About us: We own the Wild Birds Unlimited nature shop in East Lansing, Michigan,
a store that provides a wide variety of supplies to help you enjoy the birdwatching hobby.

This blog was created to answer frequently asked questions & to share nature stories and photographs.
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Friday, August 26, 2011

Hummingbird Information on Habitat and Habits

Do hummers reuse nests? I know where an old nest is and I'd like to keep it if they're done using it. Todd in Owosso, MI

Attleson Farm: Hummingbird NestHummingbird nests are fascinating. Female Ruby-throated Hummingbirds alone construct cup shaped nests with a diameter about the same size as a quarter. They start to build with bud scales and spiderwebs and then camouflage the outside with lichen. To cushion the inside of the nest they use cotton or some other plant fluff like dandelions.

Some hummingbirds do fix up their old nest and reuse it. So I would just leave the nest you found alone but check it next spring to see if you are lucky enough to have the hummer return.

Also many people do not know that the Migratory Bird Treaty Act does make it illegal to collect nests of any native bird without a permit.

2 comments:

D M Kaczmar said...

I didn't know it was illegal to collect nests (although I hadn't really thought about it before either). What about abandoned nests? Or fallen nests?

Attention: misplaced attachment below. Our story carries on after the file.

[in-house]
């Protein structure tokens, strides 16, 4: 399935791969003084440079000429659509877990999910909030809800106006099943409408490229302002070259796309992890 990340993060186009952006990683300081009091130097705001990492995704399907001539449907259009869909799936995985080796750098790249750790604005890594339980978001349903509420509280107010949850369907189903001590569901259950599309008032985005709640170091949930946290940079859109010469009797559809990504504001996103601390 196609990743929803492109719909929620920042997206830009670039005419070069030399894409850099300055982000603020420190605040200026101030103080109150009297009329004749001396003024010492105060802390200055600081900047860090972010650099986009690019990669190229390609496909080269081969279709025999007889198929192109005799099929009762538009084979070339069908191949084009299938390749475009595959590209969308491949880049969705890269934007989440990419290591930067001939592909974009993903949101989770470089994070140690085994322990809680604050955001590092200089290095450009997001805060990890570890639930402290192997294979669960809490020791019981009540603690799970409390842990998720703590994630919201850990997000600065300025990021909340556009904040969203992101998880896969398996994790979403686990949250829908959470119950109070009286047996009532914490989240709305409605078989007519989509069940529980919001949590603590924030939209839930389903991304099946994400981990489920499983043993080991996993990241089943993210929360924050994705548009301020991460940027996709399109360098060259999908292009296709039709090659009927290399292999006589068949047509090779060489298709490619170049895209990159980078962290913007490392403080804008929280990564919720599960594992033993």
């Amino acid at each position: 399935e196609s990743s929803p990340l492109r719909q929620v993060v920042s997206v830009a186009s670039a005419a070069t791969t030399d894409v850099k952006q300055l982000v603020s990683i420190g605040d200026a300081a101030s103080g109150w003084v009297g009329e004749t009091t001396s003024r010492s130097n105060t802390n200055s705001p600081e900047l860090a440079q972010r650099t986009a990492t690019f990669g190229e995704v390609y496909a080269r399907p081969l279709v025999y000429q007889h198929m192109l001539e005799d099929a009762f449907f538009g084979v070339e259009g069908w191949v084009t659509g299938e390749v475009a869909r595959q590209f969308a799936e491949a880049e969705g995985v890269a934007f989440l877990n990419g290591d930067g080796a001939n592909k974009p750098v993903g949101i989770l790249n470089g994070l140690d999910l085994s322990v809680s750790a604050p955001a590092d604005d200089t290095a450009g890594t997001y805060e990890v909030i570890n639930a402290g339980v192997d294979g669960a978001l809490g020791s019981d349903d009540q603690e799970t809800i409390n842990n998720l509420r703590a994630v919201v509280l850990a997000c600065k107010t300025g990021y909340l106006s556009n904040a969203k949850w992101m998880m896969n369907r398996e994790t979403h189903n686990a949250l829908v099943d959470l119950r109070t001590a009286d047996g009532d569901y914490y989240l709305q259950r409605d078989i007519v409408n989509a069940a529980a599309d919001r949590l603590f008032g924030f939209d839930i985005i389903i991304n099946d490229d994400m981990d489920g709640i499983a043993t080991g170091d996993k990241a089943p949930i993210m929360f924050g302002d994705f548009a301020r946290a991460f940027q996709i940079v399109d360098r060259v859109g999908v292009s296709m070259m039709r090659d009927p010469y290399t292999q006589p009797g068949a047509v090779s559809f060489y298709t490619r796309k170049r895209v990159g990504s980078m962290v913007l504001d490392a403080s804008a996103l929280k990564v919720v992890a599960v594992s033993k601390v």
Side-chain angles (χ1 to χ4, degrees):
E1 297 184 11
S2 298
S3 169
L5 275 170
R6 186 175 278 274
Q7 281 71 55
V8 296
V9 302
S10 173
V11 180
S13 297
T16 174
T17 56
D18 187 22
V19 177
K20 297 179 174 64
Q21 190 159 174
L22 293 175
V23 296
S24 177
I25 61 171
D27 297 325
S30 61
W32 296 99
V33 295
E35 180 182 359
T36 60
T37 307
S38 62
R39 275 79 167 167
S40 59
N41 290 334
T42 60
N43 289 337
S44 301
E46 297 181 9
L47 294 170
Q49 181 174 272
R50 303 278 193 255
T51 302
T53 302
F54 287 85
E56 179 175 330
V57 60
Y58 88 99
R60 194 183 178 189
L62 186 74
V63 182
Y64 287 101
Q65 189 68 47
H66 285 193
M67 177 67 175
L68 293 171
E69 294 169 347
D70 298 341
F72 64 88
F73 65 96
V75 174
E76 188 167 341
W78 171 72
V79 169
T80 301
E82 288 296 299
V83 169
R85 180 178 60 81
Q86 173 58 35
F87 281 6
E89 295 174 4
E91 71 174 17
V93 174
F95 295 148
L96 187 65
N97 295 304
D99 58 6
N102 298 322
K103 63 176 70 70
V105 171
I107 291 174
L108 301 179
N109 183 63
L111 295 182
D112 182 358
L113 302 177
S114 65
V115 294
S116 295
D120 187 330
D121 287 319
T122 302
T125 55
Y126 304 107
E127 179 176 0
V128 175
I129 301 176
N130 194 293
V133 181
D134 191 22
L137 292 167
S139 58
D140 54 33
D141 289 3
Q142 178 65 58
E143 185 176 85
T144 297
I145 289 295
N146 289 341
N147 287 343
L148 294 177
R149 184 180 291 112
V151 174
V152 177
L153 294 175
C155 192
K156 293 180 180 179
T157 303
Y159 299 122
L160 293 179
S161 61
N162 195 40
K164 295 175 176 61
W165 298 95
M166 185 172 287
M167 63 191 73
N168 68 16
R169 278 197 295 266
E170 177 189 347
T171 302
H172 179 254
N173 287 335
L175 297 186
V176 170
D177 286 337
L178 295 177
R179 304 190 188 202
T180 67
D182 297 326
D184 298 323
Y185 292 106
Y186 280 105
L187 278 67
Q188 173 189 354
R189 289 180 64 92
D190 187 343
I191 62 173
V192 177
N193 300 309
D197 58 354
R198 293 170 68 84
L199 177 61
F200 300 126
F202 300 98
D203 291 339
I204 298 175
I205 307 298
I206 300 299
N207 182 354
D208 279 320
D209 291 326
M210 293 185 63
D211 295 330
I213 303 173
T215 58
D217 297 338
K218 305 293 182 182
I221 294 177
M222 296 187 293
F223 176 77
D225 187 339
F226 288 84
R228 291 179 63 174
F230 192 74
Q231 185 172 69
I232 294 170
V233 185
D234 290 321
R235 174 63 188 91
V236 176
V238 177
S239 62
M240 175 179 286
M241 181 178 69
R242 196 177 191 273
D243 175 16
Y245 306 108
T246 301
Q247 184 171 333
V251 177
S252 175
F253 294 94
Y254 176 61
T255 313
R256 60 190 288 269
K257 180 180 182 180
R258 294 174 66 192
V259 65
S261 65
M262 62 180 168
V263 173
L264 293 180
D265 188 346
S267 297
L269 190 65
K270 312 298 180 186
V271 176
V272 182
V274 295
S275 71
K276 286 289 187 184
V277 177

Wild Birds Unlimited Mid-Michigan said...

Migratory Bird Treaty Act of 1918(MBTA) was created during a time when people collected eggs, feathers, and nests for fashion or mounted collections. Conservationists came together to protect the harrassed birds from extinction.

The MBTA specifically protects migratory bird nests from possession, sale, purchase, barter,
transport, import, and export.

Abandoned or fallen nests can be disposed of properly but I wouldn't collect it.

Narrow exceptions to the act, known as the eagle feather law, which regulates the taking, possession, and transportation of bald eagles, golden eagles, and their "parts, nests, and eggs" for "scientific, educational, and depredation control purposes; for the religious purposes of American Indian tribes; and to protect other interests in a particular locality." Enrolled members of federally recognized tribes may apply for an eagle permit for use in "bona fide tribal religious ceremonies."